These truths are the foundation of my spiritual life, and I rest in God’s love and goodness every day of my life. And because of His grace, I want to serve Him all the more faithfully. At the same time, as His child, I have no problem with “behavior modification.” In fact, the Lord calls for it constantly throughout the New Testament, with the help of His indwelling Spirit.
Let’s start with Jesus (and I’ll just cite one passage each time; otherwise, this article would be dozens of pages long):
If your right eye causes you to sin, tear it out and throw it away. For it is better that you lose one of your members than that your whole body be thrown into hell. And if your right hand causes you to sin, cut it off and throw it away. For it is better that you lose one of your members than that your whole body go into hell. (Matt 5:29-30)
Sounds like behavior modification to me!
What about Paul?
Let the thief no longer steal, but rather let him labor, doing honest work with his own hands, so that he may have something to share with anyone in need. Let no corrupting talk come out of your mouths, but only such as is good for building up, as fits the occasion, that it may give grace to those who hear. And do not grieve the Holy Spirit of God, by whom you were sealed for the day of redemption. Let all bitterness and wrath and anger and clamor and slander be put away from you, along with all malice. Be kind to one another, tenderhearted, forgiving one another, as God in Christ forgave you. (Eph 4:28-32)
Sounds like behavior modification to me!
What about Jacob (James)?
What causes quarrels and what causes fights among you? Is it not this, that your passions are at war within you? You desire and do not have, so you murder. You covet and cannot obtain, so you fight and quarrel. You do not have, because you do not ask. You ask and do not receive, because you ask wrongly, to spend it on your passions. You adulterous people! Do you not know that friendship with the world is enmity with God? Therefore whoever wishes to be a friend of the world makes himself an enemy of God. Or do you suppose it is to no purpose that the Scripture says, “He yearns jealously over the spirit that he has made to dwell in us”? But he gives more grace. Therefore it says, “God opposes the proud, but gives grace to the humble.” Submit yourselves therefore to God. Resist the devil, and he will flee from you. Draw near to God, and he will draw near to you. Cleanse your hands, you sinners, and purify your hearts, you double-minded. Be wretched and mourn and weep. Let your laughter be turned to mourning and your joy to gloom. Humble yourselves before the Lord, and he will exalt you. (Jam 4:1-10)
Sounds like behavior modification to me!
What about Peter?
Therefore, preparing your minds for action, and being sober-minded, set your hope fully on the grace that will be brought to you at the revelation of Jesus Christ. As obedient children, do not be conformed to the passions of your former ignorance, but as he who called you is holy, you also be holy in all your conduct, since it is written, “You shall be holy, for I am holy.” And if you call on him as Father who judges impartially according to each one’s deeds, conduct yourselves with fear throughout the time of your exile, knowing that you were ransomed from the futile ways inherited from your forefathers, not with perishable things such as silver or gold, but with the precious blood of Christ, like that of a lamb without blemish or spot. (1 Pet 1:13-19)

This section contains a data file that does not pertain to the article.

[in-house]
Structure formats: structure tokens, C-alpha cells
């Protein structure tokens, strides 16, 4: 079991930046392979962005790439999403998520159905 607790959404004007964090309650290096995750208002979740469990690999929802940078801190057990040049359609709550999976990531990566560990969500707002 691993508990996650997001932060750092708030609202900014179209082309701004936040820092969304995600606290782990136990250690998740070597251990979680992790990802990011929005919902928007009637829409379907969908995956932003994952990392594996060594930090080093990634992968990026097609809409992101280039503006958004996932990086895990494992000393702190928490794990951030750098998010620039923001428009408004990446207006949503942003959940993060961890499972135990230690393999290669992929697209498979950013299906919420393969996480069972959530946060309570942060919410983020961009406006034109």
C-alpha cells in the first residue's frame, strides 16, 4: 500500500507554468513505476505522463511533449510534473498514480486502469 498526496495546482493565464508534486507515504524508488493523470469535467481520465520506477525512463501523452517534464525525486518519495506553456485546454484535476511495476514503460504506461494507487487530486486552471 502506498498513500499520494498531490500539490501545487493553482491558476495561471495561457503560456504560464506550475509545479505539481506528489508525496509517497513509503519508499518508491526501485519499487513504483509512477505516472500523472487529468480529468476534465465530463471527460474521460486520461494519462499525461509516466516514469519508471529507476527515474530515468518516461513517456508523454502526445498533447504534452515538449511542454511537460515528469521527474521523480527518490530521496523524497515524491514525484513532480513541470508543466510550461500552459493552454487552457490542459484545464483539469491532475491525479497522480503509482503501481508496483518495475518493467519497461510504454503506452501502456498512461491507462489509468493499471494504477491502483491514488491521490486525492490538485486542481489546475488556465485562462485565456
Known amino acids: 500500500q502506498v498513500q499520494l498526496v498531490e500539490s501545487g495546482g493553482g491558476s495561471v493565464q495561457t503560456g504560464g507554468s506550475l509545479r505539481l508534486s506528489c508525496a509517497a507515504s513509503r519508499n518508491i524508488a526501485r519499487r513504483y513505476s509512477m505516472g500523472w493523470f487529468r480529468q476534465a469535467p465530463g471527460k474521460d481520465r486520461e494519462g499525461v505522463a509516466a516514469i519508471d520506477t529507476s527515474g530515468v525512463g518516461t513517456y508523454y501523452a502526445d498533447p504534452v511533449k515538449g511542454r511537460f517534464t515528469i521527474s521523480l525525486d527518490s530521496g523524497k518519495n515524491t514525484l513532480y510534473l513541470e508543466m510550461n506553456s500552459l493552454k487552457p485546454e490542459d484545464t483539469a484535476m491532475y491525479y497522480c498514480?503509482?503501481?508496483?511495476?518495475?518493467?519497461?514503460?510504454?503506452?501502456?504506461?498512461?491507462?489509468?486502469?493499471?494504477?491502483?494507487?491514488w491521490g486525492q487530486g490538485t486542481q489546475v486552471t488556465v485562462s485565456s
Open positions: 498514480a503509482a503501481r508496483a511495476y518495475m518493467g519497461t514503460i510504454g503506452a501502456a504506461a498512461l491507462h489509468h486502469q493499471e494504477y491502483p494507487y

Sounds like behavior modification to me!
What about John?
No one who abides in him keeps on sinning; no one who keeps on sinning has either seen him or known him. Little children, let no one deceive you. Whoever practices righteousness is righteous, as he is righteous. Whoever makes a practice of sinning is of the devil, for the devil has been sinning from the beginning. The reason the Son of God appeared was to destroy the works of the devil. No one born of God makes a practice of sinning, for God’s seed abides in him, and he cannot keep on sinning because he has been born of God. (1 John 3:6-9)
And since we started with Jesus, we’ll end with Jesus, this time not from the Gospels but from Revelation:
[To the congregation in Ephesus:] I know your works, your toil and your patient endurance, and how you cannot bear with those who are evil, but have tested those who call themselves apostles and are not, and found them to be false. I know you are enduring patiently and bearing up for my name’s sake, and you have not grown weary. But I have this against you, that you have abandoned the love you had at first. Remember therefore from where you have fallen; repent, and do the works you did at first. If not, I will come to you and remove your lampstand from its place, unless you repent. (Rev 2:2-5)
And remember: I could have quoted many more passages from the New Testament, all addressed to believers. (The Sermon on the Mount, where the first quote came from, was addressed to the Lord’s disciples too; see Matt 5:1-2.) But just to illustrate the point, here’s one more wonderful passage from Paul (please take time to read it through):